Silence echoed in the dusty streets of the Indigenous Mayan Kiche community of Tzucubal in Guatemala’s western highlands on a recent afternoon, as a few children rode by on bicycles.
The community was in mourning after two local teenagers who had left for the United States were found dead late last month in an abandoned trailer in Texas. A total of 53 people from Mexico and Central America died after being trapped inside the vehicle in the sweltering summer heat on the outskirts of San Antonio.
This past weekend, neighbours and family members gathered in Tzucubal to remember two of the Guatemalan victims: cousins Pascual Melvin Guachiac, 13, and Juan Wilmer Tulul, 14. Pascual’s childhood home buzzed with activity as his grandmother, Manuela Coj, worked alongside other family and friends to prepare food for people visiting to express their condolences.
“Our family is saddened by the loss,” she told Al Jazeera in her native Kiche language, speaking through a translator. “His dream was to finish his studies there in the United States. He wanted to leave a better future for his family members.”
The young boy had planned to join his father, who had been in the US for a year. But in the wake of the tragedy, his father returned to Guatemala to be with the family.
Down a narrow, unpaved road and along a footpath that passes through a cornfield, sits the home of Pascual’s cousin, Juan. His father appeared overwhelmed with grief.
“My sister and brother-in-law are in pain; neither can speak,” the victim’s uncle, Manuel Tziac, told Al Jazeera. “My nephew left just weeks ago. There is a dream that ended on the way. He died due to poverty.”
Both families told Al Jazeera that they had not received any support from the Guatemalan government, which has been slow to provide information on the tragedy. The Guatemalan foreign ministry told reporters that it would continue to work with families and US authorities to identify the bodies.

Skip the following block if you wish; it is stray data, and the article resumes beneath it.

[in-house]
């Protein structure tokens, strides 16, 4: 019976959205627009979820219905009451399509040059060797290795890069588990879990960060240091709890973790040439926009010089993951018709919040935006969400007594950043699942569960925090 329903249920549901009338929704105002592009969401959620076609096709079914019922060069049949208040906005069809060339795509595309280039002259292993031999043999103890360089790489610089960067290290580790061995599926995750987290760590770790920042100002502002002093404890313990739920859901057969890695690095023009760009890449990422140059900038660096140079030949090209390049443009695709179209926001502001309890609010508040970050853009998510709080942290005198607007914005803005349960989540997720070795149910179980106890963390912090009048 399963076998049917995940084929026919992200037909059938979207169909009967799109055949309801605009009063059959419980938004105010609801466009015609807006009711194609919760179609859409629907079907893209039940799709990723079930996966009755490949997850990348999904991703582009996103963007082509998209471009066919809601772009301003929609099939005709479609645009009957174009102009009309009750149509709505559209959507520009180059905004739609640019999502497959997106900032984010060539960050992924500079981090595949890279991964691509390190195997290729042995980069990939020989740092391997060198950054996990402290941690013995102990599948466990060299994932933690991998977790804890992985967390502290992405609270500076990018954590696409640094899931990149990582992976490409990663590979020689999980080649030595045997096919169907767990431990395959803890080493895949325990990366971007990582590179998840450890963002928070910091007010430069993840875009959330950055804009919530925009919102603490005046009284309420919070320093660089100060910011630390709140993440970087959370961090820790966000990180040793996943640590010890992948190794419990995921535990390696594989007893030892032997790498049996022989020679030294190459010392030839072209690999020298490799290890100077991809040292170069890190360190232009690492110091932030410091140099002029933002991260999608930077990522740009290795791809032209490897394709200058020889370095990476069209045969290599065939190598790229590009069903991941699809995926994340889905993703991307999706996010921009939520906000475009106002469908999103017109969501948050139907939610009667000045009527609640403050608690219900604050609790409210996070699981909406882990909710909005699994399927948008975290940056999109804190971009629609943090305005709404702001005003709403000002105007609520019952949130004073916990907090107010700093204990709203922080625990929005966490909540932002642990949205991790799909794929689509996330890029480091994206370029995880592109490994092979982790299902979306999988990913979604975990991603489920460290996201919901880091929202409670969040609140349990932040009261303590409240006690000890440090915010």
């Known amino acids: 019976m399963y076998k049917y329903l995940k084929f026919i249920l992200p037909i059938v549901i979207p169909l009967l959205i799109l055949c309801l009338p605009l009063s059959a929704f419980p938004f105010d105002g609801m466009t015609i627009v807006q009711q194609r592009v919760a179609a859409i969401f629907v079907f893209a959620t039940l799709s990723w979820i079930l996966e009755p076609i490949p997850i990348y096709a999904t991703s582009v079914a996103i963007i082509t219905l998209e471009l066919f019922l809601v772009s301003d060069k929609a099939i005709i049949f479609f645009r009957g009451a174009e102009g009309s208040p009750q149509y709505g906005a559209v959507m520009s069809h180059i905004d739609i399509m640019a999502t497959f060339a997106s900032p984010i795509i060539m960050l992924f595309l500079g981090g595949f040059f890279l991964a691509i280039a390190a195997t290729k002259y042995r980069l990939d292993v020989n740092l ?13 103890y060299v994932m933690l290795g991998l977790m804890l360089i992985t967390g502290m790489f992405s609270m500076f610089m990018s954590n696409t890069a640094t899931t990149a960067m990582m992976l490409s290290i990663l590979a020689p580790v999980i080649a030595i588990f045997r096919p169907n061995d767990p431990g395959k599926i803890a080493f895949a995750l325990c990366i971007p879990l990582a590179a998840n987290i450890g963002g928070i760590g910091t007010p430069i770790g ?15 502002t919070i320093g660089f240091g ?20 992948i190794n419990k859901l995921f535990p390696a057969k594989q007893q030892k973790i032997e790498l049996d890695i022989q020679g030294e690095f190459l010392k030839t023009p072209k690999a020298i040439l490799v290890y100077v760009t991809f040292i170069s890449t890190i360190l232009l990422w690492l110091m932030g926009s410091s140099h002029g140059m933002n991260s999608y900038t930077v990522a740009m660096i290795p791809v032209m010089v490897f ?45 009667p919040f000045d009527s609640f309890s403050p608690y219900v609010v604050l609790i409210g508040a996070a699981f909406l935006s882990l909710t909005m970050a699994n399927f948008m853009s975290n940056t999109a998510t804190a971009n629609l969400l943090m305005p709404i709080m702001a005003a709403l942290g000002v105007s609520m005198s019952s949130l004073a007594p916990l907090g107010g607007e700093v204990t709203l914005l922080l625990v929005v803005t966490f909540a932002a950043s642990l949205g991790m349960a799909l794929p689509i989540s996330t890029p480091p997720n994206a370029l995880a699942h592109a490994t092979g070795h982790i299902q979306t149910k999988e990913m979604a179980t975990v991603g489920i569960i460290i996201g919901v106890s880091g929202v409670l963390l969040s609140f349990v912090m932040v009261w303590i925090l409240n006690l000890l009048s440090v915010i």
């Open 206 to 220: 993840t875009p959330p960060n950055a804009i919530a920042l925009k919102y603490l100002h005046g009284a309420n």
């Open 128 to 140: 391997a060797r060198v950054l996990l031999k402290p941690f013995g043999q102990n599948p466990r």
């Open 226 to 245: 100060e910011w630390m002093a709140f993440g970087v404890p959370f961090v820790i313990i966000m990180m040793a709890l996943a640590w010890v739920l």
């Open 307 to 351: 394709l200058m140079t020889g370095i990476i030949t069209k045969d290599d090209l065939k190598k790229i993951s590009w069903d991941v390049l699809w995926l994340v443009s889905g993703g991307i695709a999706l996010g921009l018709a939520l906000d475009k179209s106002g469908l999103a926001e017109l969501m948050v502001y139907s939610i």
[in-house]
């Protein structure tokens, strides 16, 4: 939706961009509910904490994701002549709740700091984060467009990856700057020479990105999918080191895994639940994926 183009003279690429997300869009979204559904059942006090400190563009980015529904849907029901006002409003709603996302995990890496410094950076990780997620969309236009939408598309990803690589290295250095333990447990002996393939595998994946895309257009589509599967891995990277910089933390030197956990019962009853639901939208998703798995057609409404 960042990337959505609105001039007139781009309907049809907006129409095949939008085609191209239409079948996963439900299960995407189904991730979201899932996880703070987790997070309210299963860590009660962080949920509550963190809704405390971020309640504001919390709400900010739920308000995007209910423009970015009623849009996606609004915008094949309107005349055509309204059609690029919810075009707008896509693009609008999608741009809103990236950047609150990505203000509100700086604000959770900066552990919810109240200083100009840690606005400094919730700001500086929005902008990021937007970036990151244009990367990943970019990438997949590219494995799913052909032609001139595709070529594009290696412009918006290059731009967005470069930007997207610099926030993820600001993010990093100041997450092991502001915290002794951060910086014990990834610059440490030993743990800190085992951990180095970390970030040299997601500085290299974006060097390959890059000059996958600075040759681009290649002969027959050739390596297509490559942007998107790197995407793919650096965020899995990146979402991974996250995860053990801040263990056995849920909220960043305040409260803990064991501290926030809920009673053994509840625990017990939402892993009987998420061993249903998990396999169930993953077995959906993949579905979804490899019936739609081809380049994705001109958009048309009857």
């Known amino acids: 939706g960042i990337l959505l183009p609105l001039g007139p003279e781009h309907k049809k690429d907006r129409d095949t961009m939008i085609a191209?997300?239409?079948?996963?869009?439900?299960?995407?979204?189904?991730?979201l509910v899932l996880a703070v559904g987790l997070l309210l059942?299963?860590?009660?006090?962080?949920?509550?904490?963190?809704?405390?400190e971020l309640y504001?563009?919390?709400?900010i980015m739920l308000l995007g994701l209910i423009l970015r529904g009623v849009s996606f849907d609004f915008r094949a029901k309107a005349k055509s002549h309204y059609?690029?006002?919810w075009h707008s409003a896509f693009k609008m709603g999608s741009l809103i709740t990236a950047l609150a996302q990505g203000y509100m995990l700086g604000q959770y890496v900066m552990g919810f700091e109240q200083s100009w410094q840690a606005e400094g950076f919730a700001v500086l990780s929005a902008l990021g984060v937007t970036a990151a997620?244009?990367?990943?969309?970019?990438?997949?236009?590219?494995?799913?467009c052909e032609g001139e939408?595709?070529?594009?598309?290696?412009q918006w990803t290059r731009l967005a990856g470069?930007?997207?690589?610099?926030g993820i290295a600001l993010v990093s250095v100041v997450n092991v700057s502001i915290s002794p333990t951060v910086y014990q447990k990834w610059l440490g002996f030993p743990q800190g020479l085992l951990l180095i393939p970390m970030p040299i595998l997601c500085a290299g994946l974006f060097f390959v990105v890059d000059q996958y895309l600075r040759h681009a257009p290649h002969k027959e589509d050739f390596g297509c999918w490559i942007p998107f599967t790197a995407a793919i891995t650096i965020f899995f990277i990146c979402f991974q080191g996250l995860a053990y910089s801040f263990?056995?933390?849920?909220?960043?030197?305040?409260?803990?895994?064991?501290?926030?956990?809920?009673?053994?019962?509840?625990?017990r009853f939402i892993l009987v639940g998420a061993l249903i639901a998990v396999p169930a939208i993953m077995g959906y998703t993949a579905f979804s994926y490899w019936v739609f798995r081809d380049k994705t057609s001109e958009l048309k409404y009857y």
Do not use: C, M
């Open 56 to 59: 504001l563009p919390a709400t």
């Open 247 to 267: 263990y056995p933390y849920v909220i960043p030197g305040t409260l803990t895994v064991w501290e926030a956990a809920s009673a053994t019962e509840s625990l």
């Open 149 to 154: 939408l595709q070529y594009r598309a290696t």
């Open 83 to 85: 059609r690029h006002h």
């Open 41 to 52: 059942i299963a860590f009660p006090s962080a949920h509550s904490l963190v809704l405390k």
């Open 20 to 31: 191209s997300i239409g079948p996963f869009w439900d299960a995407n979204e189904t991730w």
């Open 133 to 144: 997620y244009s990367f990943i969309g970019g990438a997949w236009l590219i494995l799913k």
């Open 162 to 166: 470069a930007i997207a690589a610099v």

The continuing flow of migration has highlighted a growing desperation in Guatemala, driving children to set off for the US in search of opportunities.
“The majority of children [from Tzucubal] go to the United States,” local teacher Cristobal Sipac told Al Jazeera, noting that children as young as 12 are deciding to migrate. “They finish 6th grade, but they do not want to continue studying, because there is no work here. So it is better to go there [to the US].”
Approximately half of Guatemalans live in poverty, with Indigenous communities particularly affected – a situation made worse by the COVID-19 pandemic. The coronavirus crisis has had “catastrophic consequences in terms of wellbeing, because it is affecting prices at a general level”, Jonathan Menkos, an economist who heads the Central American Institute of Fiscal Studies, told Al Jazeera.
Most Guatemalans work in the informal sector, where wages are low. In Tzucubal, people earn up to 75 quetzals ($10) a day in the agricultural sector, local residents told Al Jazeera. For the minority who work in the formal sector, the minimum wage for non-agricultural work is about 3,000 quetzals a month.
At the same time, Guatemala has seen a sharp increase in the costs of goods and services; in Tzucubal, a pound of meat costs about 50 quetzals, residents say.
Critics say the Guatemalan government has done little to address the enormous migration wave. Congresswoman Andrea Villagran told Al Jazeera that the government appears “more interested in the remittances [migrants] send to sustain the economy”. Last year, the country received more than $15bn in remittances.
After the Texas tragedy, an activist in San Antonio confronted Foreign Minister Mario Bucaro about how the Guatemalan government would respond. The minister replied that Guatemala’s economy was “the most resilient” in the region.
Villagran called the timing of that comment “absurd”, noting that economic benefits do not trickle down to the people: “They [migrants] are the reflection of the great inequality.”